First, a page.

The Murtha (D) money trail is far from fully explored but already features a second tangent of Congressional appropriations staff members’ exiting through the golden door to defense lobbying and scoring big contracts from their old bosses. Taxpayers should press the question of what all this has to do with Mr. Murtha (D) (who has also used his gavel to create a luxury supermart of defense contractors in his Pennsylvania district).

New York Times

I had to add all the (D)'s after Murtha's name. For some reason the MSM doesn't like to do that. Unless, of course, the politician is a Republican. Go figure.

At 12/30/2009 2:31 PM, Anonymous Benny The Man said...

I have many times expressed deep skepticism about the motives and fiscal fecklessness of both parties.
What bothers me is when right-wingers believe the R-Party is any sort of solution to garish and runaway federal psending.

At 12/30/2009 2:44 PM, Anonymous Anonymous said...

This is an interesting article. For decades many defense experts have pondered if surface ships are worthless in real battles.

Well, Admiral Benny, it's only interesting to you because you know nothing about anti-submarine warfare. I seem to remember the Japanese using "guided missiles" (Kamikaze) against our surface fleet. How did that work out for them?

At 12/30/2009 3:28 PM, Anonymous Benny The Man said...


Check out the writings of Paul Cohen, who was a commander in the Navy.

It was in WWII that the battleship became obsolete. Too easily sunk by airplanes and subs. Japan constructed enormous battleships, the Yamato and Musashi, the largest ever built. They were useless, and stayed out of battle until late in the war, when they were almost immediately sunk.

It is odd that when someone proposes a more potent and cheaper military--that would be good for the USA--he is attacked as unpatriotic.

That is how subverted the right-wing has become.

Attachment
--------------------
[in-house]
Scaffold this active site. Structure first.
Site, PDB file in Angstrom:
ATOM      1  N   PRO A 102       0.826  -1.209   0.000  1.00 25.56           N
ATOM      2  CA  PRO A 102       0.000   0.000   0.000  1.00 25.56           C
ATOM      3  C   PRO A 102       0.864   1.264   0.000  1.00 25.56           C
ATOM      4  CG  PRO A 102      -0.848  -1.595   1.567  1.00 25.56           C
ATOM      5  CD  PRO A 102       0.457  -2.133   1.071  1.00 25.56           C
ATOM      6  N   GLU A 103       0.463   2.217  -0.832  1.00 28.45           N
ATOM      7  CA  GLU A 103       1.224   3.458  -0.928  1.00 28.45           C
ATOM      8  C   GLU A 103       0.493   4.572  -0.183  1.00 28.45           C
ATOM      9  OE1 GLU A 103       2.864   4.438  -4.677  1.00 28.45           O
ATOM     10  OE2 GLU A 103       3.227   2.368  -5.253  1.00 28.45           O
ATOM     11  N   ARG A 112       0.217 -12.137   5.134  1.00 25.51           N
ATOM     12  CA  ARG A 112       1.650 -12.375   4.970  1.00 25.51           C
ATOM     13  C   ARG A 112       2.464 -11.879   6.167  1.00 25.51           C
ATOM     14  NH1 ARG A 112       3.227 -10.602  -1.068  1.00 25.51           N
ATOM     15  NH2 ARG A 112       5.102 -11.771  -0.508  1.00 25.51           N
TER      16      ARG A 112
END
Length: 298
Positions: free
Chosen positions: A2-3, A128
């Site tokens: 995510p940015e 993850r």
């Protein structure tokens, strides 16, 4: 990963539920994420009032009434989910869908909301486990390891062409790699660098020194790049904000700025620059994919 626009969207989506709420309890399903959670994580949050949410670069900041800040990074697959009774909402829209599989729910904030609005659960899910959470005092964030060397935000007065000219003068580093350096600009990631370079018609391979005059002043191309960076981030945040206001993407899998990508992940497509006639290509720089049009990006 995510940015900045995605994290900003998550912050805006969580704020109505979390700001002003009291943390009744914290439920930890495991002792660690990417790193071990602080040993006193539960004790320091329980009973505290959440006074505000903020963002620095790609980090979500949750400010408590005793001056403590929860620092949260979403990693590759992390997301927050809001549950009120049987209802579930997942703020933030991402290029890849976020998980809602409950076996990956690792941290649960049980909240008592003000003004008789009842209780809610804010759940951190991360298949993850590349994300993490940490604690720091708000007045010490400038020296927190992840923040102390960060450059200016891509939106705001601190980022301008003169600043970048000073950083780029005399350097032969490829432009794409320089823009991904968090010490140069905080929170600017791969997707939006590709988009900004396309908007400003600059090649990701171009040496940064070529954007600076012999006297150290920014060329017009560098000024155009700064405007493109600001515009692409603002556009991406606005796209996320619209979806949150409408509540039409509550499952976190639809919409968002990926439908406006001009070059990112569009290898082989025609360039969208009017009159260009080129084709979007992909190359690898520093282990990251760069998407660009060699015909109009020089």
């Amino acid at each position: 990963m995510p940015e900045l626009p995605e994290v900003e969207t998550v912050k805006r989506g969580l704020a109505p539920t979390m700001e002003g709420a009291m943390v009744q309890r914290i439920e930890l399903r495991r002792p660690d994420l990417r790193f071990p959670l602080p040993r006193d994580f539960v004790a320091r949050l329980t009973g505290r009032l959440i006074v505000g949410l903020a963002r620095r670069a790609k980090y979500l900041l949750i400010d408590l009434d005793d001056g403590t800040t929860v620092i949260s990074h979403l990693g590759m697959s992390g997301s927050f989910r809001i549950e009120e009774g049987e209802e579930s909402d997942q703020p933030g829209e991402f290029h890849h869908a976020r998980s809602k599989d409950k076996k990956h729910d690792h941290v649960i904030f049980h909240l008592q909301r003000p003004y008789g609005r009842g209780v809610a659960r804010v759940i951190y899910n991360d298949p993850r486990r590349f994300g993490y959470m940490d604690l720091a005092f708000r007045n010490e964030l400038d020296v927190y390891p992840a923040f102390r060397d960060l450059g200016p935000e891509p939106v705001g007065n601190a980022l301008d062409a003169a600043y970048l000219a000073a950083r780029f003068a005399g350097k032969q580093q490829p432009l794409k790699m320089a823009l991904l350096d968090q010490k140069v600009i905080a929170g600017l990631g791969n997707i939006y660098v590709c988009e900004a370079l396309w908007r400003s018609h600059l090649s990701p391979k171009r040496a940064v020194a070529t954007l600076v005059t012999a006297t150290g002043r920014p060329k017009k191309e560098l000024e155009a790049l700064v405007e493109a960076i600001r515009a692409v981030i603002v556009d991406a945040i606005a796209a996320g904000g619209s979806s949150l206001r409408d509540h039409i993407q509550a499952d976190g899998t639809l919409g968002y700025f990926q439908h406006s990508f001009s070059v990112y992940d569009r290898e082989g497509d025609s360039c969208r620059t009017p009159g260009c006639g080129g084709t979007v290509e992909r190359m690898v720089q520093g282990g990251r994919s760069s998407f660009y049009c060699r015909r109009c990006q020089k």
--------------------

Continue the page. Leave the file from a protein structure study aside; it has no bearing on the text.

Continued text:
As long ago as the 1971, Cohen argued all surface ships have become battleships--too vulnerable. Easy to see and sink. Think Exocet missiles.

At 12/30/2009 3:46 PM, Blogger Tom said...

Long bills are used to hide things. Bulldoze half of Washington, DC.

At 12/30/2009 4:08 PM, Anonymous Stephen said...

What is the source of the 2,000 page number?

At 12/30/2009 4:14 PM, Anonymous Stephen said...

By the way, there is the current house bill:

It is 1,018 pages. However, note that these pages are double spaces and have wide margins. Only 7 words per line on average. This would be about 250 pages with normal margins and single space. Is the comparison in the graph provided apples to apples? Still quite large, no question, but the 2,000 page number seems a bit of an exaggeration to me.

At 12/30/2009 4:15 PM, Anonymous Anonymous said...

It is odd that when someone proposes a more potent and cheaper military--that would be good for the USA--he is attacked as unpatriotic.

No one suggested that you were unpatriotic, just ignorant. It's you who has suggested that the "right-wing" wants our servicemen to be little more than sitting-ducks in the face of enemy attack simply to satisfy our blind partisanship. What was that you said about maturing?

That is how subverted the right-wing has become.

Unwillingness to accept your blather does not equal subversion.

At 12/30/2009 5:09 PM, Blogger Paul said...

"I keep hoping the right-wing will mature, and begin to open it eyes about the true nature of federal outlays. Simply bashing Obama does not balance the federal budget."

Neither does supporting this idiot's staggering spending binge. The Bush budgets look like the good old days in comparison. There's simply no equivalence though you like to do the "pox on both their houses but especially the right wing's" schtick.

At 12/30/2009 5:56 PM, Anonymous Benny The Man said...

Actually, the cause of runaway federal spending usually comes back to a central truth about all federal agencies--they do not face market competition.

Layers of fat built up, never steamed off by competition.
The DoD, along with the rest of the federal government, is largely characterized by ossified lard, patriotic patronage and waste.

The fact that the Navy doesn't want to give up surface ships--well the Spanish Armada loved big ships in the Anglo-Spanish war (1500s) and met defeat by craftier and smaller Brit vessels, and the Japanese loved huge battleships in WWII, which were quickly sunk when finally deployed.